(Finally) Playing with Prezi

People have been talking about Prezi for a while now, and I’m finally giving it a try. (I’m pretty sure Matt and Harriet used it over a year ago at TxDLA, so I’m definitely behind on this one. Oh well.) Below is my first whack at prezi for my eLearning Online Course Design workshop.

In the workshop, we basically we cover three main areas in this workshop: instructional design (the basics), learning objectives (and using the Goals tool in Bb Vista), and structuring your content (and using Learning Modules, Folders, and Selective Release in Vista). We spent a full hour (out of the two-hour session) on learning objectives, and I knew I’d made an impression when one of the participants came up to me afterwards and said, “This really goes against the ‘fly by the seat of your pants’ mentality that we’re all tempted to take, where we don’t work on our class until a week before we meet.”

Prezi
Click to view prezi.

Lessons learned after using Prezi:

  • Limited design options (fonts, shapes, colors), but this keeps it simply and easy to use
  • I zoomed/focused a bit too much on each individual point. Useful sometimes, but other times it’s too much.
  • I like the ability to easily zoom out and focus on a topic discussed earlier, rather than having to find it in my sequence of slides then later trying to find where I am.
  • Definitely a time suck. Not on the scale of the Sims or Second Life, but set aside a couple of hours for you to explore.
  • This “non-traditional” presentation is definitely impressive. … At least to those who are not overly-tech-savvy.

Microlectures: A Constructivist’s Dream Come True

Here’s another emerging trend for you: Microlectures.  The Chronicle of Higher Education has an interesting article on microlectures called “These Lectures Are Gone in 60 Seconds.”  Basically, one would create a microlecture in this fashion:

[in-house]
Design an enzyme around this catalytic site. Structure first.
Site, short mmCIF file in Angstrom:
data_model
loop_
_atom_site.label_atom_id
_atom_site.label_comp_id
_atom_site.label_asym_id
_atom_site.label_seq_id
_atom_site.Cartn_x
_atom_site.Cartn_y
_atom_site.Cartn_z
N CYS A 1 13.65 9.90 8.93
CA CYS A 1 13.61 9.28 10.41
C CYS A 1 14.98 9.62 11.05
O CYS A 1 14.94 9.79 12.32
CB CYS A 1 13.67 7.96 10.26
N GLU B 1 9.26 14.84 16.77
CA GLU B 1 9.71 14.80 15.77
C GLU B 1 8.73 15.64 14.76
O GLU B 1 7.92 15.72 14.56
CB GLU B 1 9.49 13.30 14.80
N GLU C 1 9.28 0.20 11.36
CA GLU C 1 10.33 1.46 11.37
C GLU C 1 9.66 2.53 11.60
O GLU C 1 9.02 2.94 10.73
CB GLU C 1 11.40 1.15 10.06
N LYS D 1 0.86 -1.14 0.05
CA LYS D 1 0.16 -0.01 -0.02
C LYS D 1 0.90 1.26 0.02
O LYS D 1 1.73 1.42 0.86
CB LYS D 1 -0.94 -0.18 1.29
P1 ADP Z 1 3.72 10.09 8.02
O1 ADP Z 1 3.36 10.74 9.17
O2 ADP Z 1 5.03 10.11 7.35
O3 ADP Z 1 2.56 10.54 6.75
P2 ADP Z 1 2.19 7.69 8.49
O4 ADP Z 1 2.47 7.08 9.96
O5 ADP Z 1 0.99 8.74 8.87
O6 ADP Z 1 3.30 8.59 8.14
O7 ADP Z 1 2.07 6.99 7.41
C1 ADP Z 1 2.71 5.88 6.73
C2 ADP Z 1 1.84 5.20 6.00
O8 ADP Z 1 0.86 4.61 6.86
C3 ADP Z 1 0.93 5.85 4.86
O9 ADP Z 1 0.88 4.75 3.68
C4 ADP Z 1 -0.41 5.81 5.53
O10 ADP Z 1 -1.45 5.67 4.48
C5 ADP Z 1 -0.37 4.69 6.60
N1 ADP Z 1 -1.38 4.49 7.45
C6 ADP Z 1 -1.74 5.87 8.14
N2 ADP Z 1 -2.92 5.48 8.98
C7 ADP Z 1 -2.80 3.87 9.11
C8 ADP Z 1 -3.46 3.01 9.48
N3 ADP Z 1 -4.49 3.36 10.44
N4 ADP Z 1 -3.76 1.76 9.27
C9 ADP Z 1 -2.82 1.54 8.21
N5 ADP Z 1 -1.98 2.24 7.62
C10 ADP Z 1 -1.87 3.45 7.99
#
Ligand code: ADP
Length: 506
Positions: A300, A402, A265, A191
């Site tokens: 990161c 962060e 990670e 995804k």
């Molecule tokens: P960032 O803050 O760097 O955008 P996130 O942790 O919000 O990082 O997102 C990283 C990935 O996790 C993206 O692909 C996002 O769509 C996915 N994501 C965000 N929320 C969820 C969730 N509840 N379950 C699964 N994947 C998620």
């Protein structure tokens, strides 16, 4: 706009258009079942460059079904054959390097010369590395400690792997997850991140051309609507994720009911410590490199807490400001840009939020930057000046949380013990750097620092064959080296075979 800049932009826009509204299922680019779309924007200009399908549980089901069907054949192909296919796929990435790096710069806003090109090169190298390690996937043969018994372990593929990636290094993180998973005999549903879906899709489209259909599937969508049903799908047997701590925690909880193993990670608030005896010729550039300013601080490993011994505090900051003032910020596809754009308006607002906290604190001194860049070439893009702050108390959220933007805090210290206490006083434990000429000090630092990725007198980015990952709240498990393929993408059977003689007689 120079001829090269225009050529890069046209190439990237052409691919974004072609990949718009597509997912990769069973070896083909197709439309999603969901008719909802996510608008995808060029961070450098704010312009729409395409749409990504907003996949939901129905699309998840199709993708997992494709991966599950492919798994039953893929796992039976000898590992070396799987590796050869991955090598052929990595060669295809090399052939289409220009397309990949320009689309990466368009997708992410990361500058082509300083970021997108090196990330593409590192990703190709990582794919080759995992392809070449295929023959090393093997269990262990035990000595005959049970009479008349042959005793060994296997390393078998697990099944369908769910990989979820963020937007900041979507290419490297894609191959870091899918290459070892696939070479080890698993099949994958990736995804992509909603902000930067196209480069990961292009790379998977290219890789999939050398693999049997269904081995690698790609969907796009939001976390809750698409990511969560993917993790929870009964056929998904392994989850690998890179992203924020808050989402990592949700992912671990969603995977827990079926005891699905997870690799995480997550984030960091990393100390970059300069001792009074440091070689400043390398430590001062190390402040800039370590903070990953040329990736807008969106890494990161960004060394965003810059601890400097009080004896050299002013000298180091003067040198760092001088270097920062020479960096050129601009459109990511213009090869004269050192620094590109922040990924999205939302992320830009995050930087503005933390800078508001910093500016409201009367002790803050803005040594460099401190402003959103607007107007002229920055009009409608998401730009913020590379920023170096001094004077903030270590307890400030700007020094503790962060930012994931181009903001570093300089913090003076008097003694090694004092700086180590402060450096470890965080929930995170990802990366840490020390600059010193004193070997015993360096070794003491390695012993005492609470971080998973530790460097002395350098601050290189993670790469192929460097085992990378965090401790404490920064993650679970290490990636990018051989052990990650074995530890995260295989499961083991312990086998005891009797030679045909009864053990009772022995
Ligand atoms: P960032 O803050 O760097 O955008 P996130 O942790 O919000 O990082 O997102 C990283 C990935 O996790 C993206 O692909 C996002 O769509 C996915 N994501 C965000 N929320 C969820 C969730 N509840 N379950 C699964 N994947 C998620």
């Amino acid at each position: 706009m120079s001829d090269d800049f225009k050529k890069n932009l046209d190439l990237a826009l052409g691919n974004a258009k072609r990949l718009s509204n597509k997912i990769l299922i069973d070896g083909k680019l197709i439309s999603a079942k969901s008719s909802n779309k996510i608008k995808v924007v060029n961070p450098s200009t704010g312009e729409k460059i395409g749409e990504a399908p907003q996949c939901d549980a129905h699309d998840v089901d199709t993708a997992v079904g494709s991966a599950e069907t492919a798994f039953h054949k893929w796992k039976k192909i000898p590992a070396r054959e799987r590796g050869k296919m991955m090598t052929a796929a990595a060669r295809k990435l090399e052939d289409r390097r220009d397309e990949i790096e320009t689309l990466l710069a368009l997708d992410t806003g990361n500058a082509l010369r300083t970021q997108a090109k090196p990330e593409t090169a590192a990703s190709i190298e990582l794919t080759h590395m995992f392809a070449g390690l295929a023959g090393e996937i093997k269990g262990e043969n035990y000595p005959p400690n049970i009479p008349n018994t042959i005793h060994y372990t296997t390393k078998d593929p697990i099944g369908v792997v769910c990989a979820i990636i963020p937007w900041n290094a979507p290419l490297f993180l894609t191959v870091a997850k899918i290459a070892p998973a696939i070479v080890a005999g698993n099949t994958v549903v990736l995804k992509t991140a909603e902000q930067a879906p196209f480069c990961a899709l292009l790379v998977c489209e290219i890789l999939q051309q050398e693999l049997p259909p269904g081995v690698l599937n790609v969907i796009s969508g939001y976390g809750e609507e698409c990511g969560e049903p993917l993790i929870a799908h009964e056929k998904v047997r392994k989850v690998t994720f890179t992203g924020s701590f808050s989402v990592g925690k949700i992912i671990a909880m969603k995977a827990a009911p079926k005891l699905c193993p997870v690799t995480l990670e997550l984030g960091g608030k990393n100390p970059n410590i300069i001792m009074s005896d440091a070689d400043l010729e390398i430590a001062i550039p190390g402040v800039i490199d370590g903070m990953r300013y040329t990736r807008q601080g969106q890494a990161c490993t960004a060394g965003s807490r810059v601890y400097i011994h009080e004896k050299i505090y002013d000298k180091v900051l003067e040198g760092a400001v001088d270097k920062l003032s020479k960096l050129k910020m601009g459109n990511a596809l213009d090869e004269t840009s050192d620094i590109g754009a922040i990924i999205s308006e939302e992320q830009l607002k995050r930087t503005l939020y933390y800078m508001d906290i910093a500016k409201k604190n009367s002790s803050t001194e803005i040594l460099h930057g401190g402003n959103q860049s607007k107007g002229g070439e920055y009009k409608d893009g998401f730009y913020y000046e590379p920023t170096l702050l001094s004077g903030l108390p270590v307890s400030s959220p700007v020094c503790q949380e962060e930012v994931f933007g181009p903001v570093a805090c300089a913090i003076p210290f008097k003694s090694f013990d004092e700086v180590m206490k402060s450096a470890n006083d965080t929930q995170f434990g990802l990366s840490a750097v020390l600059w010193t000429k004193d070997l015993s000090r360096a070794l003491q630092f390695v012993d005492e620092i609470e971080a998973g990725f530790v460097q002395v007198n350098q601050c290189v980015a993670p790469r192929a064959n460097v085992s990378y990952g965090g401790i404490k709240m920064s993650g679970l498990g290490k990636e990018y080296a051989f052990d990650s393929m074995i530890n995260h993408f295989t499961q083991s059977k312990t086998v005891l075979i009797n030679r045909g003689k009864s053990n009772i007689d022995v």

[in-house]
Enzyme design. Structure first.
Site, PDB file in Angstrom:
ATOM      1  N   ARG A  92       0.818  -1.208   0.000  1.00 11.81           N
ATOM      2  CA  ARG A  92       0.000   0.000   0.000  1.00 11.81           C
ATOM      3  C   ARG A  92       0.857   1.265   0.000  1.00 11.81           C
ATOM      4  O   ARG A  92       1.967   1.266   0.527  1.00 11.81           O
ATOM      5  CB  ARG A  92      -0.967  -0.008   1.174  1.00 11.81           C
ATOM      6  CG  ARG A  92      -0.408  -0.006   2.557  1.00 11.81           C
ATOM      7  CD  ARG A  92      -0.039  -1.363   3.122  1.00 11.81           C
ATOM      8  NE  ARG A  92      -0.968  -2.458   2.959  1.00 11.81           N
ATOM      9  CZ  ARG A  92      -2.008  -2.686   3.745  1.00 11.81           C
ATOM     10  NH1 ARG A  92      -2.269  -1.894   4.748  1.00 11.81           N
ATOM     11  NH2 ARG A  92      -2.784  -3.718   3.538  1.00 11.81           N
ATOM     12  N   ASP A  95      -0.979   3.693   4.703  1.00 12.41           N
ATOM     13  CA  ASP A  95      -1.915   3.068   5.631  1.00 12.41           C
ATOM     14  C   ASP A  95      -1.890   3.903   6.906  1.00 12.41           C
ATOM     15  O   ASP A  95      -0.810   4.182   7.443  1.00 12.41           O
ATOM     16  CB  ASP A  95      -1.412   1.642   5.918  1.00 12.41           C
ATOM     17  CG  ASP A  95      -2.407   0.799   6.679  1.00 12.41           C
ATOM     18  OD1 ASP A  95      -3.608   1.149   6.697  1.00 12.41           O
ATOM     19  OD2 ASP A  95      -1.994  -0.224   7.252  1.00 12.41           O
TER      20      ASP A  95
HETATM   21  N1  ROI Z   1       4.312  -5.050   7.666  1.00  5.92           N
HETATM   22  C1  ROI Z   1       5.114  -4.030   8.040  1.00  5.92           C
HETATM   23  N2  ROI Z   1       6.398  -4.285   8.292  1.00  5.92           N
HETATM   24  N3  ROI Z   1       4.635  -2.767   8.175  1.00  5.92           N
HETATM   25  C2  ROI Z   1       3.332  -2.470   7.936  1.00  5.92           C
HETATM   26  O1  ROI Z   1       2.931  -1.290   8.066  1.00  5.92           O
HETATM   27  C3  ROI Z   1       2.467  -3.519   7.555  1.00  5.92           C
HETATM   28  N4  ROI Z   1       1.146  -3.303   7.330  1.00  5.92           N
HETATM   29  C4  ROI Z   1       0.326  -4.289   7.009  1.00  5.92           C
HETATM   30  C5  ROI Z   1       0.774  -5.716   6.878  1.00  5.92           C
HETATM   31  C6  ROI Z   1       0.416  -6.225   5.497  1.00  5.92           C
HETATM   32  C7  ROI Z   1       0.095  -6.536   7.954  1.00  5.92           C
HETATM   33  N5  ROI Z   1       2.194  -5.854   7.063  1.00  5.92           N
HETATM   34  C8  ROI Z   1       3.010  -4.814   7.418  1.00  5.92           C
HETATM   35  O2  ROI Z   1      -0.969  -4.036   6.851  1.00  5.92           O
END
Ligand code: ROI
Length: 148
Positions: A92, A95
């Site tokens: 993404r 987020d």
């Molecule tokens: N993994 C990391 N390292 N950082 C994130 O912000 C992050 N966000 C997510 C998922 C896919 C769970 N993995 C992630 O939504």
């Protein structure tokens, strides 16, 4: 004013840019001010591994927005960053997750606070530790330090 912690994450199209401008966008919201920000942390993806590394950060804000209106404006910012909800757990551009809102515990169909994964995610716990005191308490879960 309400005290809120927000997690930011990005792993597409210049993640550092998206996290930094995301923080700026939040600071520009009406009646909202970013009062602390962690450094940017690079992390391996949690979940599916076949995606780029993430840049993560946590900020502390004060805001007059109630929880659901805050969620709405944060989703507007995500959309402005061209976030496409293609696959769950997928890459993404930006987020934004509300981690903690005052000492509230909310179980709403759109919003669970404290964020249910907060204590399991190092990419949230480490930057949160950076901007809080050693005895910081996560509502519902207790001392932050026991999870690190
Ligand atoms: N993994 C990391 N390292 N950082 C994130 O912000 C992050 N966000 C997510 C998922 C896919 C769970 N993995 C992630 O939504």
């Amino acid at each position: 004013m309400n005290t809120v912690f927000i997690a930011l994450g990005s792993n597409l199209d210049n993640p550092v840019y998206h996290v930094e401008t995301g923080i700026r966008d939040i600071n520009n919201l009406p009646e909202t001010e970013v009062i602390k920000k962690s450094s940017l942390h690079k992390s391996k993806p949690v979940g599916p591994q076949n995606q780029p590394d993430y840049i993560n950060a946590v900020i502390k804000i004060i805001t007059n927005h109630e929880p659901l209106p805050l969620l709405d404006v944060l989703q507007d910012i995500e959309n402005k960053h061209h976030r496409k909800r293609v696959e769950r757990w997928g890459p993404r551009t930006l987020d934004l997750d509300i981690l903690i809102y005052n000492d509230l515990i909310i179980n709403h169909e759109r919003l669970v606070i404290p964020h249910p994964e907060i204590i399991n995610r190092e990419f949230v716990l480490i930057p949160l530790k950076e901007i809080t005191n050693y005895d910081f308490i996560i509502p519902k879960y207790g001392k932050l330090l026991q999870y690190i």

Take a 60-minute lecture. Cut the excess verbiage, do away with most of the details, and pare it down to key concepts and themes.

What always makes me laugh about these articles is that some expert always comes in at some point and enlightens us about the short comings of some trend.  Trends are not perfect?  Really?  I think the pedagogical limitations of a microlecture are obvious.  They are obviously not great for more complex subjects that need detailed explanations (but where you need a more detailed explanation of complex subject… why not still chunk that complex subject into smaller steps…  you know, to help people grasp them easier?).

The important thing is that by considering a microlecture, some instructors might actually see the bad pedagogy they have been using all along.  Because while it is true that some concepts are too complex for a microlecture, I would be willing to bet that there at least a thousand percent or more concepts that are not complex enough for a full lecture and get that treatment anyways.  I’m also an instructor from time to time, and let’s face it – we tend to have a habit of loving the sound of our own voice.

The article link above is also a great resource in that (at the end) it teaches how to create a microlecture.  The important thing to note is that a microlecture can be more than 60 seconds.  Also note point number 4 on the list  – this step is very important in helping students actively construct the knowledge they need.  The important part to remember is that the microlecture does not communicate everything the students need to learn… they still have to construct that later on their own.

What You Need to Know About Excellence in Web-Based Teaching

The Canadian Journal of Learning and Technology published an excellent article at the end of last year titled “An absolutely riveting online course: Nine principles for excellence in web-based teaching.”  My short time as an instructional designer has taught me that all of these principles are true.  Also of interest is how this article includes many research citations that support connectivism, social networking, and active learning.

I think I like the second paragraph of the conclusion better as a summary than the abstract:

It is not sufficient to be a content expert. Nor is it sufficient to be “tech-savvy”. It is not even sufficient to be an excellent traditional classroom teacher. Because the online world is a categorically different environment a particular blend of skills and knowledge is necessary if success is to be found in this domain.

This article a great way to introduce research-based facts for training on how to have a better online class.  I would show this article to anyone involved in the process, not just the instructional designer.